Which brings us to the 2009 WCF.  I, like all Spurs fans, really dislike the Lakers.  I was hoping that the Nuggets could prevent Kobe from getting another ring, because if we're all being honest, once the Celtics lost, we all knew the WC rep was going to win the chip this year.  When the Nuggets almost won Game 1, I thought they had a chance to win the series.  But noooooo, apparently Karl doesn't even bother to draw up an inbounds play.  Seriously, it's the PLAYOFFS!  AGAINST THE LAKERS!  AND YOU DON'T HAVE AN INBOUNDS PLAY?

So even though Chauncey punks Kobe with an off-the-back pass, you play him so much during the playoffs, that the only non-knucklehead on your roster loses steam towards the end of the series.  You then get totally embarrassed in Game 6, to the tune of 119-92, AT HOME.  You couldn't motivate your guys to win at home?  REALLY?

So, your front office pulls off a coup, trading AI for a floor general like Chauncey, so you don't have to coach, and you screw it up by not having the most basic of plays - the inbounds.  Even my limited experience, dating back to 5th grade girls basketball, shows that no inbounds plays means individuals running around like Mike the Headless Chicken!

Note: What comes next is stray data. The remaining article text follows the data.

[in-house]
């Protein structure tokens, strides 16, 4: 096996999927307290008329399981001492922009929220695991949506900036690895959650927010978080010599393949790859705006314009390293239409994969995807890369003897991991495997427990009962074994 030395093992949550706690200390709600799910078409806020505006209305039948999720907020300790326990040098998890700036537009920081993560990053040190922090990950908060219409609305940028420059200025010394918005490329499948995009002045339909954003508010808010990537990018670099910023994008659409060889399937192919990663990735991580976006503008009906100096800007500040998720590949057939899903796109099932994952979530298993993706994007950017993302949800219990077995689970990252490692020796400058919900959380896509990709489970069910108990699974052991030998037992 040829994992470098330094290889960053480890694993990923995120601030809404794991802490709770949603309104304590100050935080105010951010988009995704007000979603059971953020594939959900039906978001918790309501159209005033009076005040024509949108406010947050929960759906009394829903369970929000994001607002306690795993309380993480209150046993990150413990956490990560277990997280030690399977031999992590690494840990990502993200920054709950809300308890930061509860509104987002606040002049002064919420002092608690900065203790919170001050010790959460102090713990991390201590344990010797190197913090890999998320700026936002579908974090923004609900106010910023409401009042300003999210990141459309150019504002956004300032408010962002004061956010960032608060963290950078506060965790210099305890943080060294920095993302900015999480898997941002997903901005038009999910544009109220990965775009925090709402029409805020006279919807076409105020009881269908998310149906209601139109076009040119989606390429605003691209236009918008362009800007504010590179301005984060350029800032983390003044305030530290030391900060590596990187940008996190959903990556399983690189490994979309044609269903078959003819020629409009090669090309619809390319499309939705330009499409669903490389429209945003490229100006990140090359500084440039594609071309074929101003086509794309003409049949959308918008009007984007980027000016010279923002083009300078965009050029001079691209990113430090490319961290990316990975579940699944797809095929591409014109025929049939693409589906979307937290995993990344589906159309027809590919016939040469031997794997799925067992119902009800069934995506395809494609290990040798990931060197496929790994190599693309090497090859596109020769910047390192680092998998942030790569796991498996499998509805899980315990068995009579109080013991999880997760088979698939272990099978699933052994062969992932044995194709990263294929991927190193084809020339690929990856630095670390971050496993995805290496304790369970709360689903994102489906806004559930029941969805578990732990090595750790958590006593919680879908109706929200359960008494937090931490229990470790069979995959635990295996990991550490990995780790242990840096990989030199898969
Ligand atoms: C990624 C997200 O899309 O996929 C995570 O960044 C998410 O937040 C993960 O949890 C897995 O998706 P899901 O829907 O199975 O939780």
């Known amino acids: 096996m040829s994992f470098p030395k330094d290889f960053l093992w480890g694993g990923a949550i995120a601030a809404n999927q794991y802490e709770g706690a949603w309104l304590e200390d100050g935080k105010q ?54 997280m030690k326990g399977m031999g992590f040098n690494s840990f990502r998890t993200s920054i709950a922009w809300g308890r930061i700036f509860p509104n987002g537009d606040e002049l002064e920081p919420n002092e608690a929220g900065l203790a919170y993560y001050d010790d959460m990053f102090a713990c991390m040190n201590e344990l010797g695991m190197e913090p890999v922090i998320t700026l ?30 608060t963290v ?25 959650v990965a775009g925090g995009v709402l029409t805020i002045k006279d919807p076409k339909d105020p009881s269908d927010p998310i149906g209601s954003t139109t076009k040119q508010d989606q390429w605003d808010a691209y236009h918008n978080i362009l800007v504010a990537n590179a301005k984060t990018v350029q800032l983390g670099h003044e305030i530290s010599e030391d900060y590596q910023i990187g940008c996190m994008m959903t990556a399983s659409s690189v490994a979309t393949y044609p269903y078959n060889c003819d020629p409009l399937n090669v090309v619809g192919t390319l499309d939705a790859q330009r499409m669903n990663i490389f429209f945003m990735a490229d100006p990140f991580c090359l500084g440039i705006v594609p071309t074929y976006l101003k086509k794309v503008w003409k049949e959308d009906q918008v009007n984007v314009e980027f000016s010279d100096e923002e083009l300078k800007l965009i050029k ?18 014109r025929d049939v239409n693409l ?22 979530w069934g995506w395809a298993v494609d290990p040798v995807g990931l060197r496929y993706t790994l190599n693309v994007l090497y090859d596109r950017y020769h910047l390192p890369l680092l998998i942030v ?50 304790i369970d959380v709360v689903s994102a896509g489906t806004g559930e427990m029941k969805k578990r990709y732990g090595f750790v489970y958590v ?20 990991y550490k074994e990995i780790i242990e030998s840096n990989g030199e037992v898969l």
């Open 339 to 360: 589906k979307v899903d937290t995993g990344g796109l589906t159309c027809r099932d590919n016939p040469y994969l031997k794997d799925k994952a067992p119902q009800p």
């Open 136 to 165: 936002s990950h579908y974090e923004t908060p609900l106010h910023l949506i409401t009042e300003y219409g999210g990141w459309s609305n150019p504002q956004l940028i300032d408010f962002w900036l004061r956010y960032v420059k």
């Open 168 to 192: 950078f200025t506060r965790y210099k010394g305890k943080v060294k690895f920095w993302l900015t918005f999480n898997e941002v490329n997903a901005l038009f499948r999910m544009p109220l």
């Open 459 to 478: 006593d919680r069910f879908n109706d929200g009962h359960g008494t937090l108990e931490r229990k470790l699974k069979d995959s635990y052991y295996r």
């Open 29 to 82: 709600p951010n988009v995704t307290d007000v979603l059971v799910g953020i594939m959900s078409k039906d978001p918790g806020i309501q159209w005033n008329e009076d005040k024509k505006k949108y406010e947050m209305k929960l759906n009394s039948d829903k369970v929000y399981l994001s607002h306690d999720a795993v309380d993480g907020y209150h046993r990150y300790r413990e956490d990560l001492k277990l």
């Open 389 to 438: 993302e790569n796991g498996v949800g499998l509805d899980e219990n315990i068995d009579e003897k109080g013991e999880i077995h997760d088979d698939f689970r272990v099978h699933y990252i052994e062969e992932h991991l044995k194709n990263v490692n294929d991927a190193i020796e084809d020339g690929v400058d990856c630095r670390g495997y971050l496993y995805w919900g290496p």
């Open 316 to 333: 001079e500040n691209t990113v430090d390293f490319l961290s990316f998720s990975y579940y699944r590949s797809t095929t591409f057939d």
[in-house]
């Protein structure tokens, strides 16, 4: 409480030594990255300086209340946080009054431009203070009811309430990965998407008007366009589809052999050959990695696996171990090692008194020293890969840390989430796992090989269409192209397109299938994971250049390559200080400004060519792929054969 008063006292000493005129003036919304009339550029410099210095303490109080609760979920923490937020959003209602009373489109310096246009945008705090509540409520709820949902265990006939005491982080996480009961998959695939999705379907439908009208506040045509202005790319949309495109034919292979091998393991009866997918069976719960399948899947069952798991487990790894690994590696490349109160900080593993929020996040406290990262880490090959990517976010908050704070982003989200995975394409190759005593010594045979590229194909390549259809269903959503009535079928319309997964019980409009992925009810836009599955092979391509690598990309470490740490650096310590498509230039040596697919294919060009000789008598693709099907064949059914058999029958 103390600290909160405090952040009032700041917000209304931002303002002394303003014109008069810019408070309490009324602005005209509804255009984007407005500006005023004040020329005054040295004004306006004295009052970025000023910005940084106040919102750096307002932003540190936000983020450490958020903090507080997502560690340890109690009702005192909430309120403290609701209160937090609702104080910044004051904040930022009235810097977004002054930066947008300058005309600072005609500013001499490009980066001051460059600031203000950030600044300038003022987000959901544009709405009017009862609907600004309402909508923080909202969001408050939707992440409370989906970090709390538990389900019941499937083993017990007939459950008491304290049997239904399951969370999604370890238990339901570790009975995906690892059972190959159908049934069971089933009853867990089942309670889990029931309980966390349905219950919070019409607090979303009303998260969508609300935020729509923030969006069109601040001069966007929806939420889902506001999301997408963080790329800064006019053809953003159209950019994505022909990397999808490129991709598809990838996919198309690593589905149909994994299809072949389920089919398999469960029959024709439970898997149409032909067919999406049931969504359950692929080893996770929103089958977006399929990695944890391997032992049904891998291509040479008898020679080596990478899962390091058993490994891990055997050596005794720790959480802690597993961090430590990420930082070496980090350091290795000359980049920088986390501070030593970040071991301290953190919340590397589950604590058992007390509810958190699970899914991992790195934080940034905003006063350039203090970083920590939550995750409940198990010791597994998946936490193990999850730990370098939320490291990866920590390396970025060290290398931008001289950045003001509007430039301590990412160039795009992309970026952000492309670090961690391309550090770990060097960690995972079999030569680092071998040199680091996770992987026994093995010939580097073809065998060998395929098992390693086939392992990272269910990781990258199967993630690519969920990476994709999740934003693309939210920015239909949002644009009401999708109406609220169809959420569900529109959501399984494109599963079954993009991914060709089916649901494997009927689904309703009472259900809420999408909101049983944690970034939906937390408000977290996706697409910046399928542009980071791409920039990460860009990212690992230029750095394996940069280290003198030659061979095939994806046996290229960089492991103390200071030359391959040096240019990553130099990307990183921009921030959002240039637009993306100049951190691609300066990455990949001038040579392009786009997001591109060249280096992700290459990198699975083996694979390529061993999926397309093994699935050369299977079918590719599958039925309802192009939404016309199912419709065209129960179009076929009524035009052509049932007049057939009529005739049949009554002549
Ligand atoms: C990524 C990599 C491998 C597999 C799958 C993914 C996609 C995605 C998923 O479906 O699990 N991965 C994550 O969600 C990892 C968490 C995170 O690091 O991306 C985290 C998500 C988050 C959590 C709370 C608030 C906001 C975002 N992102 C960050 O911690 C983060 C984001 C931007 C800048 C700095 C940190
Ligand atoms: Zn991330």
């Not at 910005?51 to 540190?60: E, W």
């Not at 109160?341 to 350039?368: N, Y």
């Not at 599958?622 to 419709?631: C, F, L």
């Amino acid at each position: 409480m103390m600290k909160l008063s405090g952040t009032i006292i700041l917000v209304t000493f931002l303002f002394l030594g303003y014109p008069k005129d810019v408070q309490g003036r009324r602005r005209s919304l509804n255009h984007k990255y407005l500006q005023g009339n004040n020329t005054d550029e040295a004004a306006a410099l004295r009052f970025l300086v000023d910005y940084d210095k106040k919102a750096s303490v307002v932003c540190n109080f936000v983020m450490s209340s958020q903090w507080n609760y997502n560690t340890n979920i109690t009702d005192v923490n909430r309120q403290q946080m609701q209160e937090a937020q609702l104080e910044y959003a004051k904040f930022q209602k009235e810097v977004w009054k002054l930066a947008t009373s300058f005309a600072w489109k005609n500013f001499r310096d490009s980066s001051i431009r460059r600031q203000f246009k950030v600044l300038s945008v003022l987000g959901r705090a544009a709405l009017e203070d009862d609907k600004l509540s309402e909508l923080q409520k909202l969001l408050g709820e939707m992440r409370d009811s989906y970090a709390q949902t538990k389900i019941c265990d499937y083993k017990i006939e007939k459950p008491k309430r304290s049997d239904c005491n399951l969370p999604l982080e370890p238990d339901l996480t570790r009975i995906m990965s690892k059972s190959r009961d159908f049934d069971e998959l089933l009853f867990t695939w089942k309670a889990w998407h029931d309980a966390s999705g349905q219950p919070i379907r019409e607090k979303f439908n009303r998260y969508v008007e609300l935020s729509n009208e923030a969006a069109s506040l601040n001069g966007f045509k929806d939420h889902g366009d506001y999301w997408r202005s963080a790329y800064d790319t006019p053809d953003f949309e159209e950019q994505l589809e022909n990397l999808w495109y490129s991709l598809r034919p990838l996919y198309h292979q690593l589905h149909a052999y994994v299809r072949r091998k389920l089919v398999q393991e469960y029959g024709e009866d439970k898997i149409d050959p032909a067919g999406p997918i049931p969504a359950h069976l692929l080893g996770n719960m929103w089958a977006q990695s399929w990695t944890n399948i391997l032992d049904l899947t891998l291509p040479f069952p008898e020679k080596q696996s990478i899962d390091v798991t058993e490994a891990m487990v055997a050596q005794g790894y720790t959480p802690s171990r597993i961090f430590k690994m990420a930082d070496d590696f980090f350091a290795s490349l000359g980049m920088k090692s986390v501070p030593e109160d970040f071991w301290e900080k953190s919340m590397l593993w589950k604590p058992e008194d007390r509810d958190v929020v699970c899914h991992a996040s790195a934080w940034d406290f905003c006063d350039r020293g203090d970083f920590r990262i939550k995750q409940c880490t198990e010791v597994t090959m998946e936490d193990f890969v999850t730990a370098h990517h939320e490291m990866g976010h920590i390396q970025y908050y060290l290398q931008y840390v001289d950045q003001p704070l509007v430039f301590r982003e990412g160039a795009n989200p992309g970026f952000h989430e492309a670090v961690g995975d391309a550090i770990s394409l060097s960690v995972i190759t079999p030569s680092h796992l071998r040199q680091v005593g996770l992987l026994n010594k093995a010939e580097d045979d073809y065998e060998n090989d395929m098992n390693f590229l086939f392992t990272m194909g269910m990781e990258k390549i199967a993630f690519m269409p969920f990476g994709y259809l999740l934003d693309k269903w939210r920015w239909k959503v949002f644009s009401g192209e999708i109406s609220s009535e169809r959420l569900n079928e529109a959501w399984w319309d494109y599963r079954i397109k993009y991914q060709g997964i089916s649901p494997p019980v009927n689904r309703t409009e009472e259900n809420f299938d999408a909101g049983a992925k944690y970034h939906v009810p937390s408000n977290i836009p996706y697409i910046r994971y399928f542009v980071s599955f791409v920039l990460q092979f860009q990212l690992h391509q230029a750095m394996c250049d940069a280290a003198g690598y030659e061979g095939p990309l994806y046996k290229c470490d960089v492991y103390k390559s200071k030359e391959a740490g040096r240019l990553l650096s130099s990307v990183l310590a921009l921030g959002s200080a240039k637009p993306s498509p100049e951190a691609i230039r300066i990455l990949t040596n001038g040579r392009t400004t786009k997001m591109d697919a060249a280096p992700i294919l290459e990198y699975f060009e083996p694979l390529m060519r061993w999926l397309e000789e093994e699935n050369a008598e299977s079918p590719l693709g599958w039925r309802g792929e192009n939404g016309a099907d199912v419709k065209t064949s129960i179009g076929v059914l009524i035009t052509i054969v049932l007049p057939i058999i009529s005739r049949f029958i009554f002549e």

Where does that leave us?  Hopefully, with an appreciation for what Pop has wrought over the years.  Although we all have questioned some of his lineups, at least we all know that his goal is to win.  Nothing else matters.  What other coach would have an All-Star caliber player like Manu come off the bench?  What other coach would bench his best 3 players in a meaningless December game because only the playoffs matter?  What other coach (and Front Office) would mold his team to match Timmeh, because he realizes that as Timmeh goes, so go the Spurs?  What other coach would think to start Bonner?  (Okay, that last question was totally to address the "What's Pop drinking?" comments and to solicate wine recommendations.)

So, as I've examined the coaching situation in Denver, I feel blessed that I'm a fan of a such a great team.  This is an organization that is committed to winning (Thank you, Mr. Holt, for opening the purse strings this offseason.  I'll be buying some more T-shirts now.) and for that, I'm grateful.  It's nice to know that the fans and the coach have the same goal - to win a championship!  Now begins the Summer of Hope5 in 10!

This is fan-created content on The opinion here is not necessarily shared by the editorial staff at Pounding the Rock.